There are many hints and tricks to study for the MCAT available here, which will help boost your test taking time and ultimately let you get a higher score by becoming a more effective test taker.
The AAMC recommends a six month to a year window of MCAT preparation time. It may sound interminable, but when you have work, family, school, and internships (not to mention a social life) those days get shorter and shorter. The 12 week program for MCAT study here at About the MCAT.com is structured to include everything you need to know about the MCAT and to keep you focused. Also included are the in depth reviews and other MCAT study tools to enhance your strong areas and strengthen your weaker knowledge areas to bring up all your scores.
While 12 weeks of an MCAT study schedule may sound too long, you can think of it the program like a workout plan. You start with the warm up, taking practice exams, getting a feel for the test layout and conditions, then you start on the in depth MCAT reviews where your brain is working up a sweat, and finally the cool down and relax in the last couple weeks. Really its exercise for the mind. And scoring in the top percent of MCAT takers will feel so much better than losing those freshman five. So check out the study guide for the MCAT and good luck!
You can check out the 12 week MCAT study plan here, which will give you a sample layout of how much time you should spend on each subject in order to do well on the MCAT.
Medical School and Beyond
Success on this test coupled with strong extra curricular activities, a high GPA and internships are key indicators of admission to medical school. The MCAT test takes place many times throughout the year, however you should begin to prepare for the exam 6 months to a year before you take it. It is far too easy to underestimate the difficulty of this test.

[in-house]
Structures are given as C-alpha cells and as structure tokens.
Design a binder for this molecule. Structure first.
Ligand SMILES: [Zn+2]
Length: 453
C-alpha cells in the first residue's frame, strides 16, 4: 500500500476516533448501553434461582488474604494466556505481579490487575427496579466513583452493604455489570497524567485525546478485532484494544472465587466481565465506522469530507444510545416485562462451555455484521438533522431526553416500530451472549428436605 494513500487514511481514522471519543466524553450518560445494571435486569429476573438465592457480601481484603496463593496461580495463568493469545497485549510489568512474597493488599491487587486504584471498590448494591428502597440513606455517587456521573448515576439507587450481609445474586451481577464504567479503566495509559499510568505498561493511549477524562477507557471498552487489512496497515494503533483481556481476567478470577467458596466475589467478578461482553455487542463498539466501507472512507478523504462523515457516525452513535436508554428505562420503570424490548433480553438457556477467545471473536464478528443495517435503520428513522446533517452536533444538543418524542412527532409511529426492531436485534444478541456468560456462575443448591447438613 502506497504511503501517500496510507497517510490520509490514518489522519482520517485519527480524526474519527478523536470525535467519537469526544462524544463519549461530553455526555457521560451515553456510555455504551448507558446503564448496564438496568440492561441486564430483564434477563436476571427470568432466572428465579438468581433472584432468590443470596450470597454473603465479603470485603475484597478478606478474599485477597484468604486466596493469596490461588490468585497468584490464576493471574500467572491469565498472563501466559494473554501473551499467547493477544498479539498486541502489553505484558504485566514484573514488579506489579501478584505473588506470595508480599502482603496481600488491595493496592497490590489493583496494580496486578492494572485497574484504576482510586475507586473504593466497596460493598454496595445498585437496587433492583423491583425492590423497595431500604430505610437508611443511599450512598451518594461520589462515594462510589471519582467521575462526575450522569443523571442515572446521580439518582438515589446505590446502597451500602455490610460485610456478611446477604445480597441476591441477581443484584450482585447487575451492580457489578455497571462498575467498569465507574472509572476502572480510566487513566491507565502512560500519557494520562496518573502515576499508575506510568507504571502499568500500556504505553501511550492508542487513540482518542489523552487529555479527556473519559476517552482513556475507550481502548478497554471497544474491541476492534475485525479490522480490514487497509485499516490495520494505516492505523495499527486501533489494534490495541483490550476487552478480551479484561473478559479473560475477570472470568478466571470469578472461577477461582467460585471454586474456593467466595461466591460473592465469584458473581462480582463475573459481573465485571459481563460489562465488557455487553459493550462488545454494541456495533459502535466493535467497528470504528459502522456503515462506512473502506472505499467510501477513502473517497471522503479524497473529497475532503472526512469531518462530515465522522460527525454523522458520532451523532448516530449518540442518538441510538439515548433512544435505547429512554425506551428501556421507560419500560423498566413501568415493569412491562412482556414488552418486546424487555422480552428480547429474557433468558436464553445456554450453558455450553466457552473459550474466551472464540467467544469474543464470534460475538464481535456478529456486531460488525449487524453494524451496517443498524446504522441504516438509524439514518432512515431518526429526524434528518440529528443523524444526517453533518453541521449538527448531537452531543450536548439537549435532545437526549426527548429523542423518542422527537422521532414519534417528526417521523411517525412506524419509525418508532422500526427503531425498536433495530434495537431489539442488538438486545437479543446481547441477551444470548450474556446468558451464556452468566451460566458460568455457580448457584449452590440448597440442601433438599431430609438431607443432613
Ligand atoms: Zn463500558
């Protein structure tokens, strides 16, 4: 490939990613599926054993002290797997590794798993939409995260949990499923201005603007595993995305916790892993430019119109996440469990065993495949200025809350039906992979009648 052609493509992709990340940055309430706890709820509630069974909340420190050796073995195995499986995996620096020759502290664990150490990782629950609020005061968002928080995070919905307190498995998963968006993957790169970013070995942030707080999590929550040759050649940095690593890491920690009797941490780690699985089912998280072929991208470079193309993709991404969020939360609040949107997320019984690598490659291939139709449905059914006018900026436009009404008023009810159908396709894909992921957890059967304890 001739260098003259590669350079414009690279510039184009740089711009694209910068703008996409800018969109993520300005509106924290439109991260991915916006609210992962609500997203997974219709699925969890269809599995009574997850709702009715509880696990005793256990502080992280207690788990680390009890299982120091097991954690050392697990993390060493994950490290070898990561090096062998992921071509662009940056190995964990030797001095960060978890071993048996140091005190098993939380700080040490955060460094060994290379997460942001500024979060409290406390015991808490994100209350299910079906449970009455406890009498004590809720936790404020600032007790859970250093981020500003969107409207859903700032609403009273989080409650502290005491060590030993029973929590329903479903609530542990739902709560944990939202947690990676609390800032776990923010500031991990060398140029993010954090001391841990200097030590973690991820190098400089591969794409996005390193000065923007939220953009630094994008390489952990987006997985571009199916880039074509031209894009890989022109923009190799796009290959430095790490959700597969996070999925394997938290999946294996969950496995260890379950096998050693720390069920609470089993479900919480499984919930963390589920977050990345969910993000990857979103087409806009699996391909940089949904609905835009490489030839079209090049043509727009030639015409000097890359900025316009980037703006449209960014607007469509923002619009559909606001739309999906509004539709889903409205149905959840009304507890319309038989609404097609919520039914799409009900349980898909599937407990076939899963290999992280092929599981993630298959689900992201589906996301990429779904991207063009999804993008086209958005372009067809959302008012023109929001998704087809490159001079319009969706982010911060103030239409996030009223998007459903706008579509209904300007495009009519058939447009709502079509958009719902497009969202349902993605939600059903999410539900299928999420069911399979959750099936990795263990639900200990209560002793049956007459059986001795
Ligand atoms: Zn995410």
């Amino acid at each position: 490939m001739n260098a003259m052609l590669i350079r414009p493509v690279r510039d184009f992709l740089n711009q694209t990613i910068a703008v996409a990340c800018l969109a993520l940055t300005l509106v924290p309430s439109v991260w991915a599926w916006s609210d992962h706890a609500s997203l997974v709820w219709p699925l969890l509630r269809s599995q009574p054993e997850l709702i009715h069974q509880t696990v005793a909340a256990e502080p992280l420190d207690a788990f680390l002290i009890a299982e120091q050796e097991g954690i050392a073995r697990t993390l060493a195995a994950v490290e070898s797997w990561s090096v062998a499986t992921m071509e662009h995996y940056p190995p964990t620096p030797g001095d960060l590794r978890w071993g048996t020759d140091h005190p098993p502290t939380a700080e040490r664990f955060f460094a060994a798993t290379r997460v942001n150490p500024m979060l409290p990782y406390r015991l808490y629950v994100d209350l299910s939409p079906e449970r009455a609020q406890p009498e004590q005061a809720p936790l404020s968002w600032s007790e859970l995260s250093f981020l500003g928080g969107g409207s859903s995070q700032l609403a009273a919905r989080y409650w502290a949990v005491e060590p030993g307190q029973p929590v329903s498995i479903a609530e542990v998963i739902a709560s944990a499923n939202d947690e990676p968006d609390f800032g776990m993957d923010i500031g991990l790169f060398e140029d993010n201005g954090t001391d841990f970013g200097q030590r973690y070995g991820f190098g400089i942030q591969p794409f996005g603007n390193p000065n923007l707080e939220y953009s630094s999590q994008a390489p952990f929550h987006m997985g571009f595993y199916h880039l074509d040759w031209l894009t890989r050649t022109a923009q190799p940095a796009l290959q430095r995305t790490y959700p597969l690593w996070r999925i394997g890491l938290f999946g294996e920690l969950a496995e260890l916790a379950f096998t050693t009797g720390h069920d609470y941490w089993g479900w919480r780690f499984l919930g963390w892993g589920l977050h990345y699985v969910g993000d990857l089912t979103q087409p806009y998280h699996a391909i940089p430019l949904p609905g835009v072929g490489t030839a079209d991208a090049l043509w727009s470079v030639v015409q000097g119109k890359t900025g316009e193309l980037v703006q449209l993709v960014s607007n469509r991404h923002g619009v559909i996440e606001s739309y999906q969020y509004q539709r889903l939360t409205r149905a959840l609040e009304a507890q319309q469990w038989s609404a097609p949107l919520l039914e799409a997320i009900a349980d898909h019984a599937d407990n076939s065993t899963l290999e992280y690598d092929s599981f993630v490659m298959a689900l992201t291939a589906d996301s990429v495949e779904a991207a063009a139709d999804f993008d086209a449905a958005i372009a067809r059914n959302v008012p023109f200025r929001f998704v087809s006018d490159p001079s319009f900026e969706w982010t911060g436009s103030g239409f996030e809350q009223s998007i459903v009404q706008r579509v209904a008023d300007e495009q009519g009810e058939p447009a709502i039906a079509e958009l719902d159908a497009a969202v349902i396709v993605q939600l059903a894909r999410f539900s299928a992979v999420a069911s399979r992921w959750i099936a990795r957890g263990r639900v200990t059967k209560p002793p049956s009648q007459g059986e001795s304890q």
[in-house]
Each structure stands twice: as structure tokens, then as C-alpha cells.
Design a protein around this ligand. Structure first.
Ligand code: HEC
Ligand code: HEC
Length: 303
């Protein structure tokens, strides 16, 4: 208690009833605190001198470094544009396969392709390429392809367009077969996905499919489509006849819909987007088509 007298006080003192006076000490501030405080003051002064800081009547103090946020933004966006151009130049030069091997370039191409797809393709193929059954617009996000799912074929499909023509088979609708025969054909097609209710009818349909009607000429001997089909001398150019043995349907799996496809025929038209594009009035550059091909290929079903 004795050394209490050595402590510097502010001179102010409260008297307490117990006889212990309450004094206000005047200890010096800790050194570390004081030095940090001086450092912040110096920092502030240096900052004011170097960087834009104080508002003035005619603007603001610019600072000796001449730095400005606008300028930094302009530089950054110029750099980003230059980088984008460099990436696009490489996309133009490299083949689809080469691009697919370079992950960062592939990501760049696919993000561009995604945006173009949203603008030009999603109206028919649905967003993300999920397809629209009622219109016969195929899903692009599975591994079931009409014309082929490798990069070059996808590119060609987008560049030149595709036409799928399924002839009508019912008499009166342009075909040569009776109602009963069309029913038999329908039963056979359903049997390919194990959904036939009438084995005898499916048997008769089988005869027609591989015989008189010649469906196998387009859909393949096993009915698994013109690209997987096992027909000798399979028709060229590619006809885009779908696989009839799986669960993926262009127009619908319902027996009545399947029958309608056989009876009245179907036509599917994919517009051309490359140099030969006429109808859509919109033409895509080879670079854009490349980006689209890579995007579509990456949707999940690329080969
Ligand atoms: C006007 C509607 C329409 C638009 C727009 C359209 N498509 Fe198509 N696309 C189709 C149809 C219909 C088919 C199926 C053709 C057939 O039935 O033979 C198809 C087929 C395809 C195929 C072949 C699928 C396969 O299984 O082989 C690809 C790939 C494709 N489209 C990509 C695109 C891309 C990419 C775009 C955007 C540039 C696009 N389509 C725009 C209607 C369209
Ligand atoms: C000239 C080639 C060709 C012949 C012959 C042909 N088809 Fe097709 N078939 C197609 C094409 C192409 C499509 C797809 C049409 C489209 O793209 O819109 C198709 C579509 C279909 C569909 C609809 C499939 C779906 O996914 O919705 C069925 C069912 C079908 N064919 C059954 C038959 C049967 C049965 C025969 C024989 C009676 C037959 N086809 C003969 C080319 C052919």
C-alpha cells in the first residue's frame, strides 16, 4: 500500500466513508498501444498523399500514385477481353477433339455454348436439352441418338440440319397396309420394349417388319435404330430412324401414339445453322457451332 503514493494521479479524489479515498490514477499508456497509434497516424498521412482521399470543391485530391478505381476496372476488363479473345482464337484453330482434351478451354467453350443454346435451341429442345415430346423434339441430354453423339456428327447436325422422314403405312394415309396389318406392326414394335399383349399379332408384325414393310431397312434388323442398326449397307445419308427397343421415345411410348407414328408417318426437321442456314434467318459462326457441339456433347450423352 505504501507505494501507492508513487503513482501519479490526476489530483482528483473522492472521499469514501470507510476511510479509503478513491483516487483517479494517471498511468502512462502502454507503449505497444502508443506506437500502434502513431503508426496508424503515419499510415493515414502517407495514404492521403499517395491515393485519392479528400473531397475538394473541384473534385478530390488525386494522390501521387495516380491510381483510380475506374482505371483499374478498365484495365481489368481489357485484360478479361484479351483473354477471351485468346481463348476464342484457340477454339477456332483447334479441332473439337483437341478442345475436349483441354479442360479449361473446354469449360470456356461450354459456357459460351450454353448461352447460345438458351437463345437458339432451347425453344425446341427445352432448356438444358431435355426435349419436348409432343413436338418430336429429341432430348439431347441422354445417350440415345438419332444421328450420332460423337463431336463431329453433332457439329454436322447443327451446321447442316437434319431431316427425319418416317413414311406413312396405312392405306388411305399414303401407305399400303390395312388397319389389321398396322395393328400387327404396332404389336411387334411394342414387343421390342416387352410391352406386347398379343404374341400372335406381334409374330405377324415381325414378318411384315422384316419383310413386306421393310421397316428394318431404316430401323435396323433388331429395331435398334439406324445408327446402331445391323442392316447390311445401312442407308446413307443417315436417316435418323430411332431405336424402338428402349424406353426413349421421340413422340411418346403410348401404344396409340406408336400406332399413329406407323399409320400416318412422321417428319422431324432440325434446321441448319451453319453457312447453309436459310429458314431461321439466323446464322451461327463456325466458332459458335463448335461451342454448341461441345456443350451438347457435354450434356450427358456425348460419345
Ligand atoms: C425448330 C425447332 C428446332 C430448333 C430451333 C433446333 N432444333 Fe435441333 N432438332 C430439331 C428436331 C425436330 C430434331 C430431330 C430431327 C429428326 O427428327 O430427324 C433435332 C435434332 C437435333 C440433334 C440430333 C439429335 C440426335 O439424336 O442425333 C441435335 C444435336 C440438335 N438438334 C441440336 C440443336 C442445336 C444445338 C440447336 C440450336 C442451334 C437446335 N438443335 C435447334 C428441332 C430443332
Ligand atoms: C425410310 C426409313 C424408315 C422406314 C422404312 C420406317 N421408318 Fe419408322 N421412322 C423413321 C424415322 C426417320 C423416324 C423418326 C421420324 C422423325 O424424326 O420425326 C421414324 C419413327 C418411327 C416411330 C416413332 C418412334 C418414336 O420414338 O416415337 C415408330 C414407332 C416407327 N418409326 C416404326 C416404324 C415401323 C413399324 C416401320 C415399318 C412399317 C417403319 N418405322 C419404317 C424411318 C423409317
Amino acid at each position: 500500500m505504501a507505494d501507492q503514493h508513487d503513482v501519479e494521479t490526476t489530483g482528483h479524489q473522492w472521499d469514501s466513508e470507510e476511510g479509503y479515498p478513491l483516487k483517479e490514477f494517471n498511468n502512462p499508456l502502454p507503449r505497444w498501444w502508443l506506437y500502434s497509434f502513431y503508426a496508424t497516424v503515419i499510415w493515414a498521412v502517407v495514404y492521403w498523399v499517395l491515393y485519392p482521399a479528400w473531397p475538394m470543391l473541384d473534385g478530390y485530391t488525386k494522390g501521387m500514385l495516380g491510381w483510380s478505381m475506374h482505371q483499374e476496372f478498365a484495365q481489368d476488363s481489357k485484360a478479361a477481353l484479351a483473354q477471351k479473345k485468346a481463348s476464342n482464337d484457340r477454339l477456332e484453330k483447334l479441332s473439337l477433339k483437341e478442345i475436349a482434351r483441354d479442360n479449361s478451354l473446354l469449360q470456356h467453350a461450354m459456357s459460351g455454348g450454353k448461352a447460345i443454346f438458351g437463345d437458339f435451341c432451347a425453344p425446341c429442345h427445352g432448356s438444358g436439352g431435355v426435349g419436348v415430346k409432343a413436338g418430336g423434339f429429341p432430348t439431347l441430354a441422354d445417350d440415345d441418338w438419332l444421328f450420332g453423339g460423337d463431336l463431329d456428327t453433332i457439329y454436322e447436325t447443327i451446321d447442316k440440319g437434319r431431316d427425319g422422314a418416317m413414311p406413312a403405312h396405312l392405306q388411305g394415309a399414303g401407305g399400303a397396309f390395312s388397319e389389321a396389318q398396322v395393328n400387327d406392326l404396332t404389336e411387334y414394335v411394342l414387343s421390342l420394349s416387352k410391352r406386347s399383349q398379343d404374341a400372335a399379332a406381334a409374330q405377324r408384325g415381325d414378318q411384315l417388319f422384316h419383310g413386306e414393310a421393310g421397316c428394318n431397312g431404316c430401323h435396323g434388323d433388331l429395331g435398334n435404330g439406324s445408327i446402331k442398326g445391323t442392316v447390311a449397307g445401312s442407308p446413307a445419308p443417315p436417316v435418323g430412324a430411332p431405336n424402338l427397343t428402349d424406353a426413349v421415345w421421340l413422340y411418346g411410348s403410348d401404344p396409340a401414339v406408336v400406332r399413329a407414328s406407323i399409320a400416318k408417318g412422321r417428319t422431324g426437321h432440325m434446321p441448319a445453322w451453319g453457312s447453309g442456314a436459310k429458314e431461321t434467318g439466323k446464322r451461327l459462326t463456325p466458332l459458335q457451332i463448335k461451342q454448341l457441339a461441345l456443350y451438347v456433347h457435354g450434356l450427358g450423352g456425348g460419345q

AboutheMCAT.com was created to assist students through the entire process in attaining admission to medical school. From tips on taking the first prerequisites as a freshman to choosing the right medical college (and getting in), you will find everything you never wanted to know about medical school compiled here.
Right now is a great time to go to medical school with healthcare change and high demand for physicians, there are too few seats filled at even the top medical colleges. But where to begin? Take a look at the sections of the website on resume building, references, and how to ace that all important interview.
On AbouttheMCAT.com, you will find the rankings of medical colleges and necessary information like contact info and deadlines to apply.
Be sure to look at the medical school rankings and comparison areas under the tools tab. You might be surprised to learn the MCAT averages and rankings of medical colleges that are traditionally held to be the most esteemed. While other lesser known medical schools may also be highly regarded and may fit your interests perfectly.
You can check out the entire medical school section of the site here and get tips and hints on how to get into medical school.